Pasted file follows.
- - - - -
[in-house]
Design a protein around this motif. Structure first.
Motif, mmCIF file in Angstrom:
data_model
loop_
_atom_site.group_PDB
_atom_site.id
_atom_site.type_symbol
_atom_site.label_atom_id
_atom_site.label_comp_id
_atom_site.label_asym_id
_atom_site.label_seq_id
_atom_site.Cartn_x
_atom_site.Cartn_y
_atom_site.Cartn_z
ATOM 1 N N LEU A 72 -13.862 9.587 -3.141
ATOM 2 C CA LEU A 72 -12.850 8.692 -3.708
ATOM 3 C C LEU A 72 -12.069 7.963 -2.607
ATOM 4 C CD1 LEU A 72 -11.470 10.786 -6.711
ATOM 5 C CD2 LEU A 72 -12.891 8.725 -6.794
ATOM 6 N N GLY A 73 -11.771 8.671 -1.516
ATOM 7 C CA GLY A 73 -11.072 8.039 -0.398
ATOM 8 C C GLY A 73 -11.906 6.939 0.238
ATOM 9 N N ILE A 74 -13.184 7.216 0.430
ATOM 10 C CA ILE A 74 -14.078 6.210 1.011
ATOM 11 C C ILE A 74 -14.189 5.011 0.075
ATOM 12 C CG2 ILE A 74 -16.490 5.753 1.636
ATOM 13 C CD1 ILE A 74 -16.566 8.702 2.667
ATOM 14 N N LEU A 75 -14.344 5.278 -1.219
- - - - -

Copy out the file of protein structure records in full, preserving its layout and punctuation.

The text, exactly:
[in-house]
Design a protein around this motif. Structure first.
Motif, mmCIF file in Angstrom:
data_model
loop_
_atom_site.group_PDB
_atom_site.id
_atom_site.type_symbol
_atom_site.label_atom_id
_atom_site.label_comp_id
_atom_site.label_asym_id
_atom_site.label_seq_id
_atom_site.Cartn_x
_atom_site.Cartn_y
_atom_site.Cartn_z
ATOM 1 N N LEU A 72 -13.862 9.587 -3.141
ATOM 2 C CA LEU A 72 -12.850 8.692 -3.708
ATOM 3 C C LEU A 72 -12.069 7.963 -2.607
ATOM 4 C CD1 LEU A 72 -11.470 10.786 -6.711
ATOM 5 C CD2 LEU A 72 -12.891 8.725 -6.794
ATOM 6 N N GLY A 73 -11.771 8.671 -1.516
ATOM 7 C CA GLY A 73 -11.072 8.039 -0.398
ATOM 8 C C GLY A 73 -11.906 6.939 0.238
ATOM 9 N N ILE A 74 -13.184 7.216 0.430
ATOM 10 C CA ILE A 74 -14.078 6.210 1.011
ATOM 11 C C ILE A 74 -14.189 5.011 0.075
ATOM 12 C CG2 ILE A 74 -16.490 5.753 1.636
ATOM 13 C CD1 ILE A 74 -16.566 8.702 2.667
ATOM 14 N N LEU A 75 -14.344 5.278 -1.219